Karim BELABAS on Tue, 9 May 2000 21:04:13 +0200 (MET DST)

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Re: precision peculiarity

> > The bnfinit/quadclassunit computation don't guarantee anything about the
> > actual precision of the output. They use an internal (much higher) precision
> > using heuristics with the goal to get an exact class group, not an exact
> > regulator.
> Precision policies of functions should be documented (with function
> docs, but preferably also in a separate place).  Is the answer's
> precision based on argument precision?  Is it based on default
> precision?  Are the internal calculations done with default precision,
> and the answer has whatever precisioon it would have (:-()?  Or is it
> something from blue sky, as you describe above?
 /* Warning: long message ahead. I typed it as I was thinking/experimenting */

In this specific example, it's something from blue sky. The input has
infinite precision (integer), and so has part of the output (class number and
integral ideals generating the class group). The only guaranteed thing we
know about the regulator at this point [assuming GRH and technical parameters
were set correctly. This part is documented] is that it has the correct order
of magnitude (not off by a multiplicative integer factor).

Internal computations are done using an internal precision which depends on
default precision, discriminant (proportional to log^2(D)), and whether a
number of computations are successful or not (if not, double current
precision and start over). It is extremely difficult to actually control what
goes on there (and bnfinit is much much worse), but it is expected that in
the final regulator at most 1 or 2 words will be off. If default precision is
very small, this is a problem.

On the other hand, it is trivial to check results a posteriori and give a
regulator with guaranteed precision. For the example at hand:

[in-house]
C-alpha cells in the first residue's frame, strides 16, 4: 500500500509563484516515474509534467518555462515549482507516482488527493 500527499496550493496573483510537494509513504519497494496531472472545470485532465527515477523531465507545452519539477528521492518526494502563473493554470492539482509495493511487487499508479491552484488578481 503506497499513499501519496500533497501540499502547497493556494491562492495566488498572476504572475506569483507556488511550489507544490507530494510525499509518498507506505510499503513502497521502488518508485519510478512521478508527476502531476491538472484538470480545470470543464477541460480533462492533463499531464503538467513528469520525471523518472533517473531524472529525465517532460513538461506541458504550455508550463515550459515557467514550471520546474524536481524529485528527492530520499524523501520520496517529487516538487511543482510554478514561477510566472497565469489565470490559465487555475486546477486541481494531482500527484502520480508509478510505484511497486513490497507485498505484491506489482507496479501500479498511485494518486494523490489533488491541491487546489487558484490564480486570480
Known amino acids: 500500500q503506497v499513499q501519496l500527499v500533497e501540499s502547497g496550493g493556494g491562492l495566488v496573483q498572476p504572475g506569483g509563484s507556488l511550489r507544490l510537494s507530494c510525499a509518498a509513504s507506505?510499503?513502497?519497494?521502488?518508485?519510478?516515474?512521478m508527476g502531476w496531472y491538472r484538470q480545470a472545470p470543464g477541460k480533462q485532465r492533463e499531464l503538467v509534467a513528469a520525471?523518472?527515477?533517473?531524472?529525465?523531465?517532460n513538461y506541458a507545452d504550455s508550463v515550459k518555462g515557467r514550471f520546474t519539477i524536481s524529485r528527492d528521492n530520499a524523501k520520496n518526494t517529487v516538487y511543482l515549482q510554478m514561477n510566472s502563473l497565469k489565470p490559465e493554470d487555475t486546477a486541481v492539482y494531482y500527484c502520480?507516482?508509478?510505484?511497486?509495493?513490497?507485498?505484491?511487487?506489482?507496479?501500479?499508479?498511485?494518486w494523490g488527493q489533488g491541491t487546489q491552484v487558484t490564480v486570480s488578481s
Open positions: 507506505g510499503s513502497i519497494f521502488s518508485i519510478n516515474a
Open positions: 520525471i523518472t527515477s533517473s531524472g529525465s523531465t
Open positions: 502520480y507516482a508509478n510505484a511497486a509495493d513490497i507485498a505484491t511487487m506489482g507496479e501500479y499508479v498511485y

N = 139619637069004
R = 22944792.765428 /* crude approximation */
a = qfbred(Qfb(1,0,-N/4))
c = b = qfbred(a,1)

(19:56) gp > n = round(R / component(c, 4))
%1 = 2753519
(19:56) gp > c = b ^ n
%2 = Qfb(-4212135, 7476308, 4969241, 25010212.12717241812458238146)
/* oops we overshoot */
(19:56) gp > n = round(R / component(c, 4));
/* ..., a few iterations later, we reach n = 2576292 */

(19:56) gp > c = b^n
%11 = Qfb(1, 11816074, -8073882, 22944792.76542885320856372809)
                                 ^^^^^^^^^^^^^^^^ good approximation to R !
(19:56) gp > a == c
%12 = 1 /* as expected we made a full turn on the whole principal cycle */

Now that we know n, we can compute R to any precision we want:
(19:56) gp > \p2000
(19:56) gp > a = qfbred(Qfb(1,0,-N/4)); b = qfbred(a,1)
(19:56) gp > component(b^n, 4)

and we get R to 2000 digits in 2mn computing time, which should be the time
needed to compute < 2 log_2(n) logarithms to this accuracy.

A few benchmarks show that under GP it is at least 10 times slower than that,
and 3 times SLOWER than to recompute the quadclassunit FROM SCRATCH starting
from that precision !!!  I wasn't aware that t_QFR was such an inefficient
type [ should have known better: none of the PARI routines actually use this
type, it's purely there for user interaction with GP ]

After a glance at the code, it's obvious why: after each single reduction
STEP a logarithm is computed, instead of accumulating a product and taking a
single log at the end...


Ok, this mail is long enough. Summary:
(1) it's trivial to output regulator to any given accuracy, provided a crude
initial value. It can be done very efficiently in library mode (without using
the dedicated types!).

(2) qfbred(t_QFR) [hence all t_QFR computations] are abysmally slow and can
be just as easily improved.

I won't do (1) before the stable release. I may do (2) if I have a little time
(qfbred is unused: it won't affect stability...)


Karim Belabas                    email: Karim.Belabas@math.u-psud.fr
Dep. de Mathematiques, Bat. 425
Universite Paris-Sud             Tel: (00 33) 1 69 15 57 48
F-91405 Orsay (France)           Fax: (00 33) 1 69 15 60 19
PARI/GP Home Page: http://www.parigp-home.de/